California is no friend to President Trump’s immigration policies. Cities within the state have been providing sanctuary status to illegal immigrants, even those convicted of criminal behavior.
As part of California’s ongoing effort to become a sanctuary state, state lawmakers have created a bill that opposes federal immigration law and impedes law enforcement from enforcing immigration policies. This is California’s way of rejecting President Trump’s constitutional authority and creating their own laws to follow. (via Courthouse News)
The bill, called the “California Values Act,” would impede Immigration and Customs Enforcement (ICE) from deporting illegal immigrants before they’ve served their time in jail. The law currently prescribes that illegal immigrants convicted of a crime are the be reported to ICE after they are sentenced and returned to their home country.
If the California Values Act is passed, these criminals will be kept in U.S. prisons, creating a needless drain on taxpayer dollars. It will also allow California to withhold information on whether the prisoner is here legally or not based on whether it believes the crimes committed were serious enough to warrant deportation.
Kevin de Leon, a Democrat serving in the state senate, said his bill is necessary to keep their communities safe from “the reckless Trump administration,” and that, “ICE is out to arrest and deport honest, hark-working parents who obey the laws and pay their taxes and owe allegiance to the red, white and blue.” (via Courthouse News)
He claims the bill “is not about safeguarding criminals,” and that it focuses on “arresting dangerous criminals, prosecuting them and imprisoning them, not engaging in criminal dumping and letting them avoid prosecution.” This is a reference to the claim that when an illegal immigrant is arrested for committing crimes and deported before serving time, they are likely to return to the U.S. and continue their criminal behavior. The bill is intended to help prevent that from happening as it requires the criminals to serve their full sentence.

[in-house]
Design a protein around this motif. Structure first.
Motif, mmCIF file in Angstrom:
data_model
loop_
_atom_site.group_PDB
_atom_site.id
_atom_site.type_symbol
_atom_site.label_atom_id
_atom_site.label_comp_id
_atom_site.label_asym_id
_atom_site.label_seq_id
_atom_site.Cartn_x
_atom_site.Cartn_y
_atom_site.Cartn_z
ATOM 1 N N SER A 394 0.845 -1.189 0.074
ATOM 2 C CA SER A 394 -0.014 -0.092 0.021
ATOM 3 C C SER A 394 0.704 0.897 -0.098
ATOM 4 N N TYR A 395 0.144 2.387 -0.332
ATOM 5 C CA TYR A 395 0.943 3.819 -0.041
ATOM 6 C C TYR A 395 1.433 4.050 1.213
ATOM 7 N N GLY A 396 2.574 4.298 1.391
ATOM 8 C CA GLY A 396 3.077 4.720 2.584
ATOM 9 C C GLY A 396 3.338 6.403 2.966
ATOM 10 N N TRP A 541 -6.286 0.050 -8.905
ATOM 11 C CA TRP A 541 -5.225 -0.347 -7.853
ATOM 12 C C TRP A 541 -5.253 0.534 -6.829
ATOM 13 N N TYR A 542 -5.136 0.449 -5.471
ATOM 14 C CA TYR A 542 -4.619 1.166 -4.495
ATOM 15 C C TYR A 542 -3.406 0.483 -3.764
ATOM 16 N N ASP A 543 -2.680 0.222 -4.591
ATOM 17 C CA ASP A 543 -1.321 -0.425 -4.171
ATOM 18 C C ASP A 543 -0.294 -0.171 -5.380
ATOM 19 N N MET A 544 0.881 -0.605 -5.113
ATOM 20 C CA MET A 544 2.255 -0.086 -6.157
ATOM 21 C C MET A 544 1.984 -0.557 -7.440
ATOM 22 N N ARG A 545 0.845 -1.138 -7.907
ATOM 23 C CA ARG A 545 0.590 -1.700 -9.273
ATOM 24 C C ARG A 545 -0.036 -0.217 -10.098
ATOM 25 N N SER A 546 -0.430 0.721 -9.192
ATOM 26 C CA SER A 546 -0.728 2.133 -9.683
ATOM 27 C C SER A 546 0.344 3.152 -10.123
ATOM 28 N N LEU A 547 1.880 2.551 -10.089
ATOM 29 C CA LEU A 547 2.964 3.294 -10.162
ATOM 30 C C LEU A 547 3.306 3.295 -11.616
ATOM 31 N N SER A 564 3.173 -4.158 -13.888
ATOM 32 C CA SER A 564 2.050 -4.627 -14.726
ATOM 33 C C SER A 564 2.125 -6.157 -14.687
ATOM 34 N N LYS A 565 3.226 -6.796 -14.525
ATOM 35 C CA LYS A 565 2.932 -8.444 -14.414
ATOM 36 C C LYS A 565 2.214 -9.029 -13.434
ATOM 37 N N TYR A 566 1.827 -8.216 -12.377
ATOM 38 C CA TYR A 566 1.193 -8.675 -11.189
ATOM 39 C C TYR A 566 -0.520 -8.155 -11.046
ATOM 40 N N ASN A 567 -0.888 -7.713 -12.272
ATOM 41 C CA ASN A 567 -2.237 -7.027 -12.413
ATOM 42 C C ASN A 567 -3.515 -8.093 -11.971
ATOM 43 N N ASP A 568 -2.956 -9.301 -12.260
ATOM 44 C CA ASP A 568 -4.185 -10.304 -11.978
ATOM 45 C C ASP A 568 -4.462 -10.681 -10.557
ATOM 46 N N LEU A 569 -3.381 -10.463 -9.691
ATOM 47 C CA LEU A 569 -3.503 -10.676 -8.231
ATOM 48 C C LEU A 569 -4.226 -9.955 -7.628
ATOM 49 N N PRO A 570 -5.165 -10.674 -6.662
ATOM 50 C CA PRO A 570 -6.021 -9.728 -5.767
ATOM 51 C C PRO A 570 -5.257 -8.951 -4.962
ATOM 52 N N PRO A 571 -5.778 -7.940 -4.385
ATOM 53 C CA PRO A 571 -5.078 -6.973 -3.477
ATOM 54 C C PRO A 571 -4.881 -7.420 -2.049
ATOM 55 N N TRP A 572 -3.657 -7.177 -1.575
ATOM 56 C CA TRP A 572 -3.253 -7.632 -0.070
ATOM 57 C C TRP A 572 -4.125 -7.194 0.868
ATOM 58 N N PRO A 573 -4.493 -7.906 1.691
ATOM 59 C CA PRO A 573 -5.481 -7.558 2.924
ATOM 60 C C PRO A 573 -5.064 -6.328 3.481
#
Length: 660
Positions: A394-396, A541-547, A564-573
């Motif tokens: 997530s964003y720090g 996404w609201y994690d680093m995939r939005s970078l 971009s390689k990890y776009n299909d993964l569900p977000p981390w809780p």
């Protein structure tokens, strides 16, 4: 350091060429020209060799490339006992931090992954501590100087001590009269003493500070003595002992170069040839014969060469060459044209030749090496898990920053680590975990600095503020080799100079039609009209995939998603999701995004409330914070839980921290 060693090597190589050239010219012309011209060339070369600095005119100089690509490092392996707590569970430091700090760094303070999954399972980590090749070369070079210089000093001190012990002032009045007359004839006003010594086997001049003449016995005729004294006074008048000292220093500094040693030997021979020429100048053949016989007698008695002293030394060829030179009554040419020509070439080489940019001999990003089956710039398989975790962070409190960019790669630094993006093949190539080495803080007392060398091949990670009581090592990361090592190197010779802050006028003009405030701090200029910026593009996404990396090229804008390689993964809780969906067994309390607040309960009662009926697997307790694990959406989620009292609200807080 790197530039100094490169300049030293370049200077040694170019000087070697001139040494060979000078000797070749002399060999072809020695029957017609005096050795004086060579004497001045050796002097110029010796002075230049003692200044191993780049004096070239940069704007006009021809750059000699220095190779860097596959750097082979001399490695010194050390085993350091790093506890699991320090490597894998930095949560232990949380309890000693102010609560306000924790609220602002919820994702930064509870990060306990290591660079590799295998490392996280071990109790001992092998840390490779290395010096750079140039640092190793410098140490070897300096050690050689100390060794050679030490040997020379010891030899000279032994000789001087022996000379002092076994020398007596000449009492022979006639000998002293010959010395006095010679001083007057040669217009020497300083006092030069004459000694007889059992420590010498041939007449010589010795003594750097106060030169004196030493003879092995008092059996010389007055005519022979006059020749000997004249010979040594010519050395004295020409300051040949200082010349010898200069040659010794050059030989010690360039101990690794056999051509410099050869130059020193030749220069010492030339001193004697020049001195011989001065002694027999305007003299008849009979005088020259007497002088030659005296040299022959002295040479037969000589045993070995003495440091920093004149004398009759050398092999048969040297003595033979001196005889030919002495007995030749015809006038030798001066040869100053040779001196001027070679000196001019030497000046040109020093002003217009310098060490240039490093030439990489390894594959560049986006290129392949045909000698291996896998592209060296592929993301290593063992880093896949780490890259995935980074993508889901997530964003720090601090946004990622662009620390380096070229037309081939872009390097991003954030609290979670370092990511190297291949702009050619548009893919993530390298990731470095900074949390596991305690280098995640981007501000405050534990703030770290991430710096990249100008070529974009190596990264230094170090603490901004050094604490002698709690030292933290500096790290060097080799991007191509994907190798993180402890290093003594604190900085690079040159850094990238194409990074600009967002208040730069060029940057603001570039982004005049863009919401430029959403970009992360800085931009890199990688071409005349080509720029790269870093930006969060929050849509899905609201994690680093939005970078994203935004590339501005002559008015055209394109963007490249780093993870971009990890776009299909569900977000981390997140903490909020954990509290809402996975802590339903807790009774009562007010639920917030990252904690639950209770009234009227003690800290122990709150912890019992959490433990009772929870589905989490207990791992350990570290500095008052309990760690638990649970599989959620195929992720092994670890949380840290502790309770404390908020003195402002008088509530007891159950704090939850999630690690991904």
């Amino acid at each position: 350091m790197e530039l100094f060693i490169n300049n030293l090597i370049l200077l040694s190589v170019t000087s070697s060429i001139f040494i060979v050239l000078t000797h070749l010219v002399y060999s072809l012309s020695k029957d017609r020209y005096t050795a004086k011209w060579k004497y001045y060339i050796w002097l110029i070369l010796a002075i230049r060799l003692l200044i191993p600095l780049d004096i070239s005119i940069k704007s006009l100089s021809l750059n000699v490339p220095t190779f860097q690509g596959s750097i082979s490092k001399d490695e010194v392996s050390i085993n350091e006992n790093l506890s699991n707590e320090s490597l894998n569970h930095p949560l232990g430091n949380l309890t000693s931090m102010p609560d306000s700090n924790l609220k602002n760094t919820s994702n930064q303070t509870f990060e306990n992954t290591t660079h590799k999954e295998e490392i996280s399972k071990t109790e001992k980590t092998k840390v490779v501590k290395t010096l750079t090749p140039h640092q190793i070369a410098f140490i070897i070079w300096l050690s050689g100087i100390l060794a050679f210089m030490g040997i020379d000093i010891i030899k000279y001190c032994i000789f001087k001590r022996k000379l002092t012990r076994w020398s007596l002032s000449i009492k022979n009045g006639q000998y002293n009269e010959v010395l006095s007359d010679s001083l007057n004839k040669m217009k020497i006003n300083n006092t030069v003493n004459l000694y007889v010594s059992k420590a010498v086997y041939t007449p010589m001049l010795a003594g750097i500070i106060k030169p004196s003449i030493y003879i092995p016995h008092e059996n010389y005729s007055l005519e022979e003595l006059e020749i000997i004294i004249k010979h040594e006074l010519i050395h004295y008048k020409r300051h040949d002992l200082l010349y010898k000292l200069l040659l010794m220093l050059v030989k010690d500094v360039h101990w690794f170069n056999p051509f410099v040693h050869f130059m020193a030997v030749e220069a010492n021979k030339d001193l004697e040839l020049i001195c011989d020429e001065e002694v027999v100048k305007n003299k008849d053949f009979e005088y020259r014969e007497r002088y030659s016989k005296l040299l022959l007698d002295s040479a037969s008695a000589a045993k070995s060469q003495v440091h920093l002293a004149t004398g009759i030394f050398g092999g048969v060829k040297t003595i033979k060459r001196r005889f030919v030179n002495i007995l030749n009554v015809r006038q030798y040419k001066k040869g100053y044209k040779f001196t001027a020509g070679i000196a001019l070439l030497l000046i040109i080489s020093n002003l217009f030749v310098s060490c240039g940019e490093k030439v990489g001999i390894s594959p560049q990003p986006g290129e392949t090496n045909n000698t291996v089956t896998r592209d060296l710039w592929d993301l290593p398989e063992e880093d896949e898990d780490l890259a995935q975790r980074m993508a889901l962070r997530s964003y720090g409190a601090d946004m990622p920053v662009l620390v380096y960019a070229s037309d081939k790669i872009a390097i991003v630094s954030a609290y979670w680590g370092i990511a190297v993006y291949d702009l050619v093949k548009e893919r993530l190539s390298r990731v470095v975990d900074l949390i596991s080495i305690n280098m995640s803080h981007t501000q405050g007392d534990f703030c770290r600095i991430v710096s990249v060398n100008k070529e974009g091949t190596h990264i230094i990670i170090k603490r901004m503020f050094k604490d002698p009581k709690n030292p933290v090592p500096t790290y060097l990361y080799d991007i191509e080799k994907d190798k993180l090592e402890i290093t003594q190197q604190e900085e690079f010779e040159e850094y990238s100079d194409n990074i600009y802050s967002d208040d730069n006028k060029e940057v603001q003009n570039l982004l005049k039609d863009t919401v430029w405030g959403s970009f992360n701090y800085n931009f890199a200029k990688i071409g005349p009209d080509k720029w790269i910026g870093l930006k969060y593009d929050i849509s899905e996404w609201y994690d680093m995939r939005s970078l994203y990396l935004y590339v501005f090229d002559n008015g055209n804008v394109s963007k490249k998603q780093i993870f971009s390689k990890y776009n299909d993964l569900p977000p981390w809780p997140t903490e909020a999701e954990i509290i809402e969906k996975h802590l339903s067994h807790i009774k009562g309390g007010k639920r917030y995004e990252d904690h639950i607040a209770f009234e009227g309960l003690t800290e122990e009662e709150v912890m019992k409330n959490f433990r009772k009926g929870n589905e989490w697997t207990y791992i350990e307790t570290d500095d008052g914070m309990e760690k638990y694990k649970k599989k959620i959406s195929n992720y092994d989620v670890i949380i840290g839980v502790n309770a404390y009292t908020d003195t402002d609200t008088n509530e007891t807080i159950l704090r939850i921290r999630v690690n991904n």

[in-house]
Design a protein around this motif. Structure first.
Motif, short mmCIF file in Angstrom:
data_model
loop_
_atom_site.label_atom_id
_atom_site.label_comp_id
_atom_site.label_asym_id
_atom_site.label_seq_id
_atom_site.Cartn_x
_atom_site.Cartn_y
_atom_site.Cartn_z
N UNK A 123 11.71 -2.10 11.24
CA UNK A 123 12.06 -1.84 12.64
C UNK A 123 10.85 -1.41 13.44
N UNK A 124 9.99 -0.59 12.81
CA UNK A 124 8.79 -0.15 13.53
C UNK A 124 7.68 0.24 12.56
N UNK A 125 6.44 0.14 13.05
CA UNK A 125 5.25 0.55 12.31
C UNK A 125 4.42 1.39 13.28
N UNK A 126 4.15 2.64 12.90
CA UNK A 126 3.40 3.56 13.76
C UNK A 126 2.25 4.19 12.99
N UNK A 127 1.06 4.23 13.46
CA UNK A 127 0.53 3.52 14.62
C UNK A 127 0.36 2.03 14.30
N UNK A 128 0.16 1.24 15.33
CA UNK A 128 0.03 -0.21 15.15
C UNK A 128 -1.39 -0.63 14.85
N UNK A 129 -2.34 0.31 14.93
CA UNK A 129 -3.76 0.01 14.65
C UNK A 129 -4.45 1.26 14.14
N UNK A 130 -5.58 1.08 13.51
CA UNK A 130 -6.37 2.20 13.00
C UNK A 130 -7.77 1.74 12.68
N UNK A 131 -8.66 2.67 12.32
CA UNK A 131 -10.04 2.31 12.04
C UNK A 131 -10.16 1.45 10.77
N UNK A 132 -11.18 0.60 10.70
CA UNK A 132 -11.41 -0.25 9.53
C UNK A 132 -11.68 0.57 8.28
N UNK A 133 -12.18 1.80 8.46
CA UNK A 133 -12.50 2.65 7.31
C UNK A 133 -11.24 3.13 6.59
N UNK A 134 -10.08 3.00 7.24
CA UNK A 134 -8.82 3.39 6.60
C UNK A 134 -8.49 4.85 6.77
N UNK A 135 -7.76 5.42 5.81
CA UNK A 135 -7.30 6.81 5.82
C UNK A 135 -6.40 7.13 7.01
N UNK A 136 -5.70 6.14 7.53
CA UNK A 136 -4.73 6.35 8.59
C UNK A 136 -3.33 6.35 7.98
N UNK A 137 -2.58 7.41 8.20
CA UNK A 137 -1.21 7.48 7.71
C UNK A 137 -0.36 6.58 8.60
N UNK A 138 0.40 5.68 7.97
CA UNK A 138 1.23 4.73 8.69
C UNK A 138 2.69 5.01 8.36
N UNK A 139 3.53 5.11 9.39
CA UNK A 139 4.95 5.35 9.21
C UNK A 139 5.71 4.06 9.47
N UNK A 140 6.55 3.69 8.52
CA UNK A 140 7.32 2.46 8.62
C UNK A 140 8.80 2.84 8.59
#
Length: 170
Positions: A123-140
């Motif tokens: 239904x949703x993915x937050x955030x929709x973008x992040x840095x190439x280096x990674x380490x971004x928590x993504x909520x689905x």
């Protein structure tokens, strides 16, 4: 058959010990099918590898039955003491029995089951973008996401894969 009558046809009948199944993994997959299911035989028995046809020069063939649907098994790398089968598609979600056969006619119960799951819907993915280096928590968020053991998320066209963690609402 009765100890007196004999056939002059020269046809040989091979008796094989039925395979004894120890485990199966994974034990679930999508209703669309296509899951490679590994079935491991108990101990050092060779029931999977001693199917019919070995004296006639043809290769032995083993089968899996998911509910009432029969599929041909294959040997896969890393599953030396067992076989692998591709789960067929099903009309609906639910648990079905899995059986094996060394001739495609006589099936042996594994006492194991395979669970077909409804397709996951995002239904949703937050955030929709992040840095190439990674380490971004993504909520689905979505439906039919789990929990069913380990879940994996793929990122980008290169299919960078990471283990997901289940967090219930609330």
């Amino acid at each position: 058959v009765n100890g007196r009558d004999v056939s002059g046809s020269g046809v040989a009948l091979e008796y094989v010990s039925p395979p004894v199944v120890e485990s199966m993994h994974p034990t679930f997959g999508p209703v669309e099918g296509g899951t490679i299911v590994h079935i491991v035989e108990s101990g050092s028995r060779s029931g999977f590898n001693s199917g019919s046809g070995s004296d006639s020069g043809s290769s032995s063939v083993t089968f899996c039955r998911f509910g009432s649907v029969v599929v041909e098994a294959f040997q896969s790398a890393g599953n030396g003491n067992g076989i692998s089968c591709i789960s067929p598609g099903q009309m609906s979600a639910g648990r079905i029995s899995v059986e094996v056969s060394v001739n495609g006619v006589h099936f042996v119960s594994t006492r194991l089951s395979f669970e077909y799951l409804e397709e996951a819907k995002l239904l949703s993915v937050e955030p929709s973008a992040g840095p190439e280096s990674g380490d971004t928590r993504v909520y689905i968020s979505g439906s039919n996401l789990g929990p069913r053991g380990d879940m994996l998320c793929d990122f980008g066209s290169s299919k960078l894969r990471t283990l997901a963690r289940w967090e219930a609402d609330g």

But the serious flaw of this bill is its definition of a serious crime. In May, ICE arrested 188 illegal immigrants in Los Angeles, many of whom had ties to MS-13, a violent prison gang from El Salvador. The majority of them had criminal records covering the spectrum of violent crimes — from drug trafficking to prostitution, and minor offenses.
In theory, under this bill an illegal immigrant could be arrested for committing a crime in the U.S., serve his time and continue living here without ever being reported to ICE because his crime wasn’t deemed serious enough by California. Considering California is in the business of doing whatever it takes to avoid enforcing federal immigration law, how can it be trusted with this kind of power? How can California justify less serious crimes committed by individuals that are here illegally in the first place?
There are countless examples of immigrants who provide a lot of good for our country. Many work hard to provide for their families, obtain citizenship legally and become thriving members of the U.S. But there are many instances where this is not the case, especially where illegal immigration is concerned. The criminal correlation cannot be ignored, and it’s foolish to turn a blind eye to the drain on taxpayer dollars and overburdening of our prison system that occurs.
Let’s try this idea: the criminals should be removed from our country and those who wish to be here for the right reasons need to be properly documented if they want to stay. It’s that simple.